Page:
Not sure the reason, I found myself standing in the kitchen, holding the Krusteaz Belgian waffle mix box. (H- adorably calls said mix ‘sugar’.) She was finishing her waffles at the nearby table. That’s the reason! I was putting the box back on top of the refrigerator. Beside it, I also keep the cereal and–my favorite non-perishable treat–the Nutty Bars up there. Like her ol’ man, H- too had experienced love at first sight with Little Debbie’s delectable wafers.
“But you can’t give me the peanut butter and chocolate bars for snack time,” H- declared out of the blue.
I turned to look at her. She turned to look at me.
“Oh yeah?” I asked, carefully dividing my attention between the waffle iron and H-‘s mind.
“Why can’t you have them at snack time?”
“Because some kids are allergic to peanut butter.”
“Don’t they eat lunch with you too? How can you have Nutty Bars at lunch, but not at snack time?”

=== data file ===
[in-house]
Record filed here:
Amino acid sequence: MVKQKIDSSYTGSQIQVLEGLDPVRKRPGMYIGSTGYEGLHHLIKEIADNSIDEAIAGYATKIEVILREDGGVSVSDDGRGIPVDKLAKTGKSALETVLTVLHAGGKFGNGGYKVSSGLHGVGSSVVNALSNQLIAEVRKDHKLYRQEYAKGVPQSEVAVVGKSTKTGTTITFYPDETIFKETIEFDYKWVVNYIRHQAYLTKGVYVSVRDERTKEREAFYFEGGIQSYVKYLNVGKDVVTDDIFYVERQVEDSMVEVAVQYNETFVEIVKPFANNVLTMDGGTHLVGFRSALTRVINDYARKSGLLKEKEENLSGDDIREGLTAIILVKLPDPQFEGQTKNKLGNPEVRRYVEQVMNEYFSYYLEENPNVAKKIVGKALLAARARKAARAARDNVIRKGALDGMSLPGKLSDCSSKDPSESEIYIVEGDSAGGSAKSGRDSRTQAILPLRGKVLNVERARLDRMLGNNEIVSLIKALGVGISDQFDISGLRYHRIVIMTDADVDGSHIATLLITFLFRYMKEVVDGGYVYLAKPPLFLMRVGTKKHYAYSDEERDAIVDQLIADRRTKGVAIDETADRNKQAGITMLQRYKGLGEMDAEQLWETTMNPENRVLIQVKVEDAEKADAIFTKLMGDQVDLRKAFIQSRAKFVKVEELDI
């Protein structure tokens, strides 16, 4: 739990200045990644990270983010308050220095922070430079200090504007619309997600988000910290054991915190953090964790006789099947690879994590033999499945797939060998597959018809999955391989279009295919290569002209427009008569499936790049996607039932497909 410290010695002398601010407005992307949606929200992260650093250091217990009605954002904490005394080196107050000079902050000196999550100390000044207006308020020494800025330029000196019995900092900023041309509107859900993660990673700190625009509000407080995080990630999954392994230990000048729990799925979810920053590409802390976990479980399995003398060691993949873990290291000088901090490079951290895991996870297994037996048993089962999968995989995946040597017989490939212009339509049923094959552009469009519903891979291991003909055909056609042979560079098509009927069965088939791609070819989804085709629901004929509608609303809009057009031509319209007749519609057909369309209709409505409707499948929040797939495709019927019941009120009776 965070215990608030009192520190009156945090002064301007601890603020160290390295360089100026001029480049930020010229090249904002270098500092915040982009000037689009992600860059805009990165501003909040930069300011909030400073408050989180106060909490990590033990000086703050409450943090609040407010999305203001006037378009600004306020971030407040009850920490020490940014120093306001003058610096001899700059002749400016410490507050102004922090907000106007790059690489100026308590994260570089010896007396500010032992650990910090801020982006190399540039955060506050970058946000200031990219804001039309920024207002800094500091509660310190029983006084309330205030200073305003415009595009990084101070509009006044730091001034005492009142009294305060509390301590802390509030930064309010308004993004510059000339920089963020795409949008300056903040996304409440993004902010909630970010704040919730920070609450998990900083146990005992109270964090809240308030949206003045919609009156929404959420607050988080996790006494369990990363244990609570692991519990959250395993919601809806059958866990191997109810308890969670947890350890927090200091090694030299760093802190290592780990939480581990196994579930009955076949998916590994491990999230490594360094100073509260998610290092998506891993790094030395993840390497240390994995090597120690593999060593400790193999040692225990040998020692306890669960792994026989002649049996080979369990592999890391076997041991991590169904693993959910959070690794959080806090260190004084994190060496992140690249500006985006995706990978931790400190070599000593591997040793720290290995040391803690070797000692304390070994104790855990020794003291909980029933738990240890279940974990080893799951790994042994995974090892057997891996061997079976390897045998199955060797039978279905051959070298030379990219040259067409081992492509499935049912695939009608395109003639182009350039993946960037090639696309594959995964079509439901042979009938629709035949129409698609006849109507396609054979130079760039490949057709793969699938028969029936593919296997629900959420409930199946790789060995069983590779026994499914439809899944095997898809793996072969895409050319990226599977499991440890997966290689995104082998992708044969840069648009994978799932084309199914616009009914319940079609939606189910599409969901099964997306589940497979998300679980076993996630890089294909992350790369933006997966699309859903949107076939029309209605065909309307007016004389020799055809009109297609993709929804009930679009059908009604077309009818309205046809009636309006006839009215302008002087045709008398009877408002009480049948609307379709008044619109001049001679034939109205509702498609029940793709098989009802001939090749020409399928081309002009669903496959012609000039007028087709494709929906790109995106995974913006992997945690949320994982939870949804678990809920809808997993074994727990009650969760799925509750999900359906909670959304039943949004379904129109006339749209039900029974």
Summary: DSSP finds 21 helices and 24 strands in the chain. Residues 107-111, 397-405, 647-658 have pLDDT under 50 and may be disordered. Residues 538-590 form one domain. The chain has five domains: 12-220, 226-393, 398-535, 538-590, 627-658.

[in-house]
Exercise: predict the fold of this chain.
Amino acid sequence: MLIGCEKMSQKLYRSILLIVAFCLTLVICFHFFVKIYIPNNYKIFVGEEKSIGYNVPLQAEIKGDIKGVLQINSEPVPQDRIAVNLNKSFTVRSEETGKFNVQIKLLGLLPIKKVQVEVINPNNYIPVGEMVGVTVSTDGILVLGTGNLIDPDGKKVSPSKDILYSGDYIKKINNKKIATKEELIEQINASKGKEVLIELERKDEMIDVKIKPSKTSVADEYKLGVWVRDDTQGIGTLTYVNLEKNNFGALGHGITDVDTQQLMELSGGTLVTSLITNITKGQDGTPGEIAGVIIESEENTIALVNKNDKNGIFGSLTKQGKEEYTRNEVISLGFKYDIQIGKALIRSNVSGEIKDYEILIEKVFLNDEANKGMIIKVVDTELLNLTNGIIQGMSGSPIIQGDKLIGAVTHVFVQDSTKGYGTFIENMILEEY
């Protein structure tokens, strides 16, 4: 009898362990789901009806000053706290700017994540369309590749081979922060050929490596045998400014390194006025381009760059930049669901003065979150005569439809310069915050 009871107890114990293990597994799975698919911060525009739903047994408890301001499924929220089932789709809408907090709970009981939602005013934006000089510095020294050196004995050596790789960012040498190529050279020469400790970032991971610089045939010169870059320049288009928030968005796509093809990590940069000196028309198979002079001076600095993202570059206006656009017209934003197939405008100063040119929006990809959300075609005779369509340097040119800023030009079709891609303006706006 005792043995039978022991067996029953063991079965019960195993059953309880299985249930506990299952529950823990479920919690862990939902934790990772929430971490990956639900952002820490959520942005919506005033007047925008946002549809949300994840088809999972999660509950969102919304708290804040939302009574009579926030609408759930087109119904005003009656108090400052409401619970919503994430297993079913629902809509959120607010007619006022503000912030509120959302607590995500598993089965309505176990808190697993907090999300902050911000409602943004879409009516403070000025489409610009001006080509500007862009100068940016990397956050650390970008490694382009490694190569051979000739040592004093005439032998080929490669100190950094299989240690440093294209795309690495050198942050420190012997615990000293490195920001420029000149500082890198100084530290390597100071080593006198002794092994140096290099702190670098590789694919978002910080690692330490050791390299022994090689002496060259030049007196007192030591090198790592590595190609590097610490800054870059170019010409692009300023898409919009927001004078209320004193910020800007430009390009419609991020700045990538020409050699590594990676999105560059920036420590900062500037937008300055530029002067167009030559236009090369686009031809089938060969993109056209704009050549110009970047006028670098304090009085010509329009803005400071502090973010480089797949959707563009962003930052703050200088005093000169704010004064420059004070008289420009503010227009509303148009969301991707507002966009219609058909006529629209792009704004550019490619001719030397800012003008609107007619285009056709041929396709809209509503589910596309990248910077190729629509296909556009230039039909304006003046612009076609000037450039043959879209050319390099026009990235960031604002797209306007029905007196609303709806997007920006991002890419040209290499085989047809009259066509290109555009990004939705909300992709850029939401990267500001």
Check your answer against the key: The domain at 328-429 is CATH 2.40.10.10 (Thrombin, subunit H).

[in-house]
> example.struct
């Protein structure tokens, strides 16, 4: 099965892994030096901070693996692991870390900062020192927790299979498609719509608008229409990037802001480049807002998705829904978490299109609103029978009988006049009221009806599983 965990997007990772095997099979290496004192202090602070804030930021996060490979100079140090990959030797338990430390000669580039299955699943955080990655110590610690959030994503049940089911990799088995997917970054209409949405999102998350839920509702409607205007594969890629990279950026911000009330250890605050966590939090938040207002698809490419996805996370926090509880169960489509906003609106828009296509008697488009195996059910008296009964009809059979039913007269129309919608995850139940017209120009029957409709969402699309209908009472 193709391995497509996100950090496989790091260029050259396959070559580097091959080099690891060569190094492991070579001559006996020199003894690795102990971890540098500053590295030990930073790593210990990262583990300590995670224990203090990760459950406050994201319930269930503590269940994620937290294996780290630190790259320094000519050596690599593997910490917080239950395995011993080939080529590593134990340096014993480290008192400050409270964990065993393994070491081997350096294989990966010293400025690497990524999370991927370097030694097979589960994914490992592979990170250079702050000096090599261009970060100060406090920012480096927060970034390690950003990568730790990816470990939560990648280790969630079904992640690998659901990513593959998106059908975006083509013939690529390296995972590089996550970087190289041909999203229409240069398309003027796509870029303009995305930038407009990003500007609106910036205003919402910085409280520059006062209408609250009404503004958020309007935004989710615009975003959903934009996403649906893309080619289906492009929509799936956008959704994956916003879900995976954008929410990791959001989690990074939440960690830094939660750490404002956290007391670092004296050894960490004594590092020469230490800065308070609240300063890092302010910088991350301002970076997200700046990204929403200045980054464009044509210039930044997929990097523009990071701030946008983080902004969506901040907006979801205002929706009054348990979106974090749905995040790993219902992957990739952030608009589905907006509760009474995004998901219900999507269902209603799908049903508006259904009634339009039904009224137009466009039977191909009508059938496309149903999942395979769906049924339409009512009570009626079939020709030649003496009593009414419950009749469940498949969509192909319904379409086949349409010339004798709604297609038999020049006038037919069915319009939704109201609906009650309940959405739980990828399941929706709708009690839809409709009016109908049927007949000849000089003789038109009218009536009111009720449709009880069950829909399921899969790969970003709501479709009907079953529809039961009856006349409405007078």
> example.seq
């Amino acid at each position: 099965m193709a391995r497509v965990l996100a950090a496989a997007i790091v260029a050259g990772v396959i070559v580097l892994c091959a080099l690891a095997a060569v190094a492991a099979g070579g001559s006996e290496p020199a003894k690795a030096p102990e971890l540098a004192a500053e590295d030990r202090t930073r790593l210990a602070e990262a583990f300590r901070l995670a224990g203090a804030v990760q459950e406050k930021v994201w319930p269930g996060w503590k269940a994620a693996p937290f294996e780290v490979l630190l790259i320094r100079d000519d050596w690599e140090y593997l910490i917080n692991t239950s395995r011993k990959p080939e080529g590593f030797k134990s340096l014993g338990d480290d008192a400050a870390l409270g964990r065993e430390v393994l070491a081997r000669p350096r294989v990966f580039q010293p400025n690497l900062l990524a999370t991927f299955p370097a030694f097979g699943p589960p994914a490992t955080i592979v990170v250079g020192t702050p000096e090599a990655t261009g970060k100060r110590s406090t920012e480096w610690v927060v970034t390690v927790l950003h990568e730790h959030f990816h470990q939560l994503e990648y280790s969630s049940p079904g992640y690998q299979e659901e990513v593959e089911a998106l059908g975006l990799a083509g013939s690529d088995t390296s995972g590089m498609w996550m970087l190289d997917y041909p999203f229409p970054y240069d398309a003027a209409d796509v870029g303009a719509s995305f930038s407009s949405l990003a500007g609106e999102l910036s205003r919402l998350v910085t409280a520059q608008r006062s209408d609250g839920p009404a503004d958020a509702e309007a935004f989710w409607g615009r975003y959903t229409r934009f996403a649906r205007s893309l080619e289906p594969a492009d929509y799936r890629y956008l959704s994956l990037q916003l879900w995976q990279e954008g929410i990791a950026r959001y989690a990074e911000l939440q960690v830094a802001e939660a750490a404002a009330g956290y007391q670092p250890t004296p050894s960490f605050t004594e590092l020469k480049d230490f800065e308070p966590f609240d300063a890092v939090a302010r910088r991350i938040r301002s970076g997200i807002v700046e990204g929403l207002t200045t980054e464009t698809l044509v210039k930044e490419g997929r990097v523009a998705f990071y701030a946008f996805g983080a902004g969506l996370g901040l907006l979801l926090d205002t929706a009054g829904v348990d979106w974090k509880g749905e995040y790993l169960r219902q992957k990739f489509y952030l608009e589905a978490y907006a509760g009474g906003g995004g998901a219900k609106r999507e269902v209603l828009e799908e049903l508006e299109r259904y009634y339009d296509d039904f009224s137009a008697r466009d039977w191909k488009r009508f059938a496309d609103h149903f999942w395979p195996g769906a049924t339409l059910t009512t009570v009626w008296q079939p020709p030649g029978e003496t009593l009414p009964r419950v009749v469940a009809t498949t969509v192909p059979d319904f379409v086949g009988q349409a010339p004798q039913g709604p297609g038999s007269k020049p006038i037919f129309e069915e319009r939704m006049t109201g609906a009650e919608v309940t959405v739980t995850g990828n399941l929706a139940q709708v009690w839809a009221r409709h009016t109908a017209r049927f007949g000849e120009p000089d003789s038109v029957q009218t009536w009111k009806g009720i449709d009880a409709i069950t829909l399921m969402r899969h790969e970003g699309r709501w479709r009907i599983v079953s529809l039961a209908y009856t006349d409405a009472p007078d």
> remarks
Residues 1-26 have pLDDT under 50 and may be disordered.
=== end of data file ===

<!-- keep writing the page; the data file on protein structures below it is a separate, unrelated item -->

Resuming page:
“At snack time the kids sit at the same table as us and they can smell the peanut butter,” she answered steadfastly.
This smelling problem being news to me, I resumed my inquiry with, “Okay, so what do they do at lunch?”
“They sit at the peanut butter table. There are not very many of them.”
“Ha. The ‘peanut butter table?’ What’s that?”
“That’s the table where you can’t have peanut butter.”
“So the poor kids who can’t have peanut butter have to sit all by themselves?”
“No,” she corrected. “They just sit at the peanut butter table. Anyone can sit at the peanut butter table as long as they don’t have peanut butter.”
“So there is no peanut butter at the peanut butter table?” I asked.